SILENCE fell upon the reflective gardens at Vansittart Park on Monday as those affected by the impacts of suicide gathered together for International Suicide Survivors Day.
A small group attended the event which provides an opportunity for families to honour loved ones and offer support.
StandBy Support After Suicide coordinator Tracey Wanganeen spoke about the normality of experiencing emotions following a traumatic event.
“This day is an important day to bring people together,” Ms Wanganeen said.
“A lot of people deal with their grief on their own and they may have felt judged in the past so coming together like this allows them to see other people care.”
“This event was an opportunity for people to come together and feel supported.”
Ms Wanganeen said the event provided attendees with a chance to connect with others in the community and share their stories of healing and hope, with the group providing support to those bereaved or impacted by suicide.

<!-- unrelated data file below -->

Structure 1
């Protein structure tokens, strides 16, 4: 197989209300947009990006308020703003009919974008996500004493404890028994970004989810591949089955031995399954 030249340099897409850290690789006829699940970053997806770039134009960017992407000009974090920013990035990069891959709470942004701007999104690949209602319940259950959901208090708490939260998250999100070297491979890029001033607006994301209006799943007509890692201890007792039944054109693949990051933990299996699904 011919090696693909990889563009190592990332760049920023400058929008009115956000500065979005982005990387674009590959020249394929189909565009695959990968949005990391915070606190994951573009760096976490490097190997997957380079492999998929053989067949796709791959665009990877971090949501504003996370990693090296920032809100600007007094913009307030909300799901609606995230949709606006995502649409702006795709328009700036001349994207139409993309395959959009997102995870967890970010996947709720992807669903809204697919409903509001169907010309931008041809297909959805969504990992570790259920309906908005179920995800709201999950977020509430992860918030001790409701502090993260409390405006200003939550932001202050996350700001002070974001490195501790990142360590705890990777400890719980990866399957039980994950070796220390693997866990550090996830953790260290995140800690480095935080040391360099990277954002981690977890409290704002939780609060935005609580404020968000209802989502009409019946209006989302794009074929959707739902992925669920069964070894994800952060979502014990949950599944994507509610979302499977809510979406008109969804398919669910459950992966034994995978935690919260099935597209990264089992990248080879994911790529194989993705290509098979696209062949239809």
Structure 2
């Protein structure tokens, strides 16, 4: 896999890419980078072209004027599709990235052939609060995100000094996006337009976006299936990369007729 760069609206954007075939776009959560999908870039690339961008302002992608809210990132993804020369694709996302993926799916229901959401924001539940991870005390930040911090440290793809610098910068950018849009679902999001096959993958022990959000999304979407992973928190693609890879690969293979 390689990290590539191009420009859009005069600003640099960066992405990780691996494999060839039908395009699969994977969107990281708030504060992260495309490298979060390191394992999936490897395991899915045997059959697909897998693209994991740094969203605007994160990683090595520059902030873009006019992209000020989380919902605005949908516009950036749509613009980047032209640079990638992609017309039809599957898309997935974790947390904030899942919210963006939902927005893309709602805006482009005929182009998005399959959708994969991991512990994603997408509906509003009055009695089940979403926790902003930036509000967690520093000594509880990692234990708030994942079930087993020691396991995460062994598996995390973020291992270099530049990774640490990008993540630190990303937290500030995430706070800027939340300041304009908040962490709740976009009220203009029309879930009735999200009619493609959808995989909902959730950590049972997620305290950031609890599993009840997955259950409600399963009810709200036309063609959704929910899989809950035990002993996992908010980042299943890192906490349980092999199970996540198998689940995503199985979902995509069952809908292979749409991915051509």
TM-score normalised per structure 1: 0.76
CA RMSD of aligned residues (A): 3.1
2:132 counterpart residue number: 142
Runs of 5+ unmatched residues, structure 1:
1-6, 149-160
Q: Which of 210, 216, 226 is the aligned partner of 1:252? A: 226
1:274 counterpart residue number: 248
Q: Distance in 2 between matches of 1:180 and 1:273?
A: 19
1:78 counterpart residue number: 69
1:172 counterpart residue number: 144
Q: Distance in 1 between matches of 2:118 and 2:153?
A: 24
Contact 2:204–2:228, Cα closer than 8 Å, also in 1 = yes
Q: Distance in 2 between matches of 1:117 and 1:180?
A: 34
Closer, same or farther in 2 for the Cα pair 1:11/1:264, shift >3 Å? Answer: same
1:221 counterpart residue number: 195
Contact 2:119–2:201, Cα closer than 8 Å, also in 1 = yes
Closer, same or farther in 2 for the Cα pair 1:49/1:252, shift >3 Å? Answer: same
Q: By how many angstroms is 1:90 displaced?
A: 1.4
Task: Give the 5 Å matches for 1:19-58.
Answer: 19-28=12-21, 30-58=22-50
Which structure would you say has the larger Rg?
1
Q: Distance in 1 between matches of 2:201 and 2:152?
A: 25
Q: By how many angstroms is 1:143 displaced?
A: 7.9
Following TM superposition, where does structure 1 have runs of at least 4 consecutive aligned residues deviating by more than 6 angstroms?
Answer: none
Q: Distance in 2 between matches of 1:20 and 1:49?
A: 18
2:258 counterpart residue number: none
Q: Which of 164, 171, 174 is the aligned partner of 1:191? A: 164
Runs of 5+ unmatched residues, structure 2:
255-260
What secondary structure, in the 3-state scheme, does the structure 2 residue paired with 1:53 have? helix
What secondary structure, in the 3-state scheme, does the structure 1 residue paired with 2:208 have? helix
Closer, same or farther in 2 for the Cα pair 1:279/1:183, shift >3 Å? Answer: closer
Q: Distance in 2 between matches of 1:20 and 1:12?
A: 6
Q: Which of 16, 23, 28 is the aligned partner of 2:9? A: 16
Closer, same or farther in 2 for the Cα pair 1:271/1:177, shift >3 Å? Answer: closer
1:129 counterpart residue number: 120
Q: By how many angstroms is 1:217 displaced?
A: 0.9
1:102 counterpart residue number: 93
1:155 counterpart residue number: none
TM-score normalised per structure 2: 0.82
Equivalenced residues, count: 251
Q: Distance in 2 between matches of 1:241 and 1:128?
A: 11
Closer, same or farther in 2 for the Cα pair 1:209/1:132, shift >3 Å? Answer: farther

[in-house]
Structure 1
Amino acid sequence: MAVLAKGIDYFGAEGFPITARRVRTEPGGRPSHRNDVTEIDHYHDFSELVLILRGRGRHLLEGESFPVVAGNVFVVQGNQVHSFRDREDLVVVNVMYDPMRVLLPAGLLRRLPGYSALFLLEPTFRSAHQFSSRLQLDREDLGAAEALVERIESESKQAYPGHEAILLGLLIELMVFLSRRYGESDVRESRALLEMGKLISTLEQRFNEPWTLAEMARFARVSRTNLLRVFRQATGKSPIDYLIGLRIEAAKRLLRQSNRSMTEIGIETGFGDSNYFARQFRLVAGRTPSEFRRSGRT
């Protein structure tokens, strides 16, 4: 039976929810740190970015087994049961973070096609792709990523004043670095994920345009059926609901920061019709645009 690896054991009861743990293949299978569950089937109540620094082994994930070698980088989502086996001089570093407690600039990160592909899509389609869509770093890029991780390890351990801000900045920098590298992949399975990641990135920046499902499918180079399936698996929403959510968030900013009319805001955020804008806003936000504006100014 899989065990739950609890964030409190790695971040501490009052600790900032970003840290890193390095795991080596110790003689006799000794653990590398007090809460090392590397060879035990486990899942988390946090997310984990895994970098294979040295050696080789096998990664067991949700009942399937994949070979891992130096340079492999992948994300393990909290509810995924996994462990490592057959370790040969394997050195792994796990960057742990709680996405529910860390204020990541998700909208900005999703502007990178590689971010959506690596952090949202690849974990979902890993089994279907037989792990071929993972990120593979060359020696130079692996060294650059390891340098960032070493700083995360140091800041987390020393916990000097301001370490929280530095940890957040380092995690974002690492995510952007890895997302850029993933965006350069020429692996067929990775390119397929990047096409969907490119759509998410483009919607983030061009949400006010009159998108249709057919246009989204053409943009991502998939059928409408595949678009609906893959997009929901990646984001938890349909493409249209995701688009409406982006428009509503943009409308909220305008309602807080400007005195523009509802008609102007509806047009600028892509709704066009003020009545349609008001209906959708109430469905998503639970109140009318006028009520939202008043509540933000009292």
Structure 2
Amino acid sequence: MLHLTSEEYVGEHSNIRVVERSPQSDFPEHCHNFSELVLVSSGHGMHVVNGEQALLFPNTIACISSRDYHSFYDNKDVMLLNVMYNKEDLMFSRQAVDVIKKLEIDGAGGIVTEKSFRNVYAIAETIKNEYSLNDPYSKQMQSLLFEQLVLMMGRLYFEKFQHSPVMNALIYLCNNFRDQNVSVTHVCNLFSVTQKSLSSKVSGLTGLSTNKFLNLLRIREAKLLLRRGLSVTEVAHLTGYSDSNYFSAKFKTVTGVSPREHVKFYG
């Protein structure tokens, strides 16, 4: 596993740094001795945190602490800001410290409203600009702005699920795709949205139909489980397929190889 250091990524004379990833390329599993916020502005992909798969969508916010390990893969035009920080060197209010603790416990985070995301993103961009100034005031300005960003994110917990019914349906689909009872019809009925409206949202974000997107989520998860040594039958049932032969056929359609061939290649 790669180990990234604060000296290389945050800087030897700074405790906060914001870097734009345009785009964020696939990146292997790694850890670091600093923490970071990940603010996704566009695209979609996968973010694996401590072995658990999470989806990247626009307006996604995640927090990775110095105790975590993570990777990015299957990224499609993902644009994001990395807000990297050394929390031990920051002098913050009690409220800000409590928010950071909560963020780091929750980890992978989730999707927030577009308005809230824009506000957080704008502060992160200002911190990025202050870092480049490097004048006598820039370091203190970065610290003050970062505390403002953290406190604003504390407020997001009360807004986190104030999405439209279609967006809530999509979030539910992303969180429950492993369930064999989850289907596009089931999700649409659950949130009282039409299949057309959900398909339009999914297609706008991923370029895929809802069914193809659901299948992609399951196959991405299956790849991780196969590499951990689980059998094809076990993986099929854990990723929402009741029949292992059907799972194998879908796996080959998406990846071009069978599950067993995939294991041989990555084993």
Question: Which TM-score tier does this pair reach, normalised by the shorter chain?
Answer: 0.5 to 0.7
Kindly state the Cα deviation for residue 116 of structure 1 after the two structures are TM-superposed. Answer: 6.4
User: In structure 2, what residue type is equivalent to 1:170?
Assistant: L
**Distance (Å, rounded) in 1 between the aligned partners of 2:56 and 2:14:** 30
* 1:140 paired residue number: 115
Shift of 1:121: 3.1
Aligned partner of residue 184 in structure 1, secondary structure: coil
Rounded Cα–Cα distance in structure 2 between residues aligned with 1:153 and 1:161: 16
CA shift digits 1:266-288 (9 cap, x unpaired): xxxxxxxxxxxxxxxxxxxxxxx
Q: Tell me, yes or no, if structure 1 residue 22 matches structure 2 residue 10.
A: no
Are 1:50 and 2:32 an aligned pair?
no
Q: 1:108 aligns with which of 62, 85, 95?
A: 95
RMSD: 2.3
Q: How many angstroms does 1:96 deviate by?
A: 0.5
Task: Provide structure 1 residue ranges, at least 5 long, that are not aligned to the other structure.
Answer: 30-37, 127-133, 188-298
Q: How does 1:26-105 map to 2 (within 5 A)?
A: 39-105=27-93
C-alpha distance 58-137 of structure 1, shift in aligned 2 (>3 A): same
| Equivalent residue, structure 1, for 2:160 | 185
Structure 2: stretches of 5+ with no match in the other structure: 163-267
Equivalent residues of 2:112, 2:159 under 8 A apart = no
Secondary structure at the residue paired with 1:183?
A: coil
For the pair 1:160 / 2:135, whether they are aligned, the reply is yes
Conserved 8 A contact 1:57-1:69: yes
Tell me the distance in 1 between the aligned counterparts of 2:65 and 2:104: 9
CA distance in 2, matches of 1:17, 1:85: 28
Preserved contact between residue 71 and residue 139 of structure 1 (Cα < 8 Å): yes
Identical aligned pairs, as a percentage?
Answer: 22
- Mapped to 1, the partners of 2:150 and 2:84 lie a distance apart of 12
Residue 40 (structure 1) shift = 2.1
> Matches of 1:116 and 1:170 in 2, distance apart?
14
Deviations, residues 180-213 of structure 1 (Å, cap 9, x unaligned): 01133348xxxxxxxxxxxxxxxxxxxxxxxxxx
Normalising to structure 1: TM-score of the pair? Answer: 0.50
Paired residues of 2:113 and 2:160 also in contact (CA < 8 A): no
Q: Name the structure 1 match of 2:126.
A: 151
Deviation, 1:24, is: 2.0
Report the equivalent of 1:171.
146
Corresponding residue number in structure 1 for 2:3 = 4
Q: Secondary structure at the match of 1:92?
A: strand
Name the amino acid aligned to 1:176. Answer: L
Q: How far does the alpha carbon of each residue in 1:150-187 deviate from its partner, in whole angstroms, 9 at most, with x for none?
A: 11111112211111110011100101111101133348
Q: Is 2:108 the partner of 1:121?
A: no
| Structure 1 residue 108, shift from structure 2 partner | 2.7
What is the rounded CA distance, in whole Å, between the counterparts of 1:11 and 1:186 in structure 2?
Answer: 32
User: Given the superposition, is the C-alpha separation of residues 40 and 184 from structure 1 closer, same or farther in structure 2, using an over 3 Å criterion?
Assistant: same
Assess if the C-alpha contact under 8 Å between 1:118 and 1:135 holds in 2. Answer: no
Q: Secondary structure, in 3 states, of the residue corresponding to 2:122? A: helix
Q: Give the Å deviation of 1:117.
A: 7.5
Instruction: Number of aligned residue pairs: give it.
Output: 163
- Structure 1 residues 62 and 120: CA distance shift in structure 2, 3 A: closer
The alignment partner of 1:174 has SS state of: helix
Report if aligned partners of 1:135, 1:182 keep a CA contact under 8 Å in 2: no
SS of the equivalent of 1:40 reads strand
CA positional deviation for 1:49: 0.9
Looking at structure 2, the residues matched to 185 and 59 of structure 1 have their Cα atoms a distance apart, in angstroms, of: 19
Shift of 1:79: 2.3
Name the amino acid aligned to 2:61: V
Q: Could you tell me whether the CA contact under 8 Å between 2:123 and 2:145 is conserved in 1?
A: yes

“Those who have lost someone to suicide actually have a higher risk of suicide themselves,” Ms Wanganeen said.
“That is why it is important we provide this service whether it be within a workplace, a community or within a family.”
“We are lessening others’ risk of suicide and I think a lot of what we are doing is also normalising some of the emotions felt when affected by suicide,” she said.
“A bereavement or a loss of any kind is distressing, but suicide adds extra layers to the grief and loss.”
Ms Wanganeen said there was always the ability to reach out for help despite stereotypes.
“We are now reversing this stigma and showing that you are strong if you do reach out because there is always hope out there, whether it be from a friend or a service.”
Contact Ms Wanganeen on 0437 752 458 or email email@example.com for more information.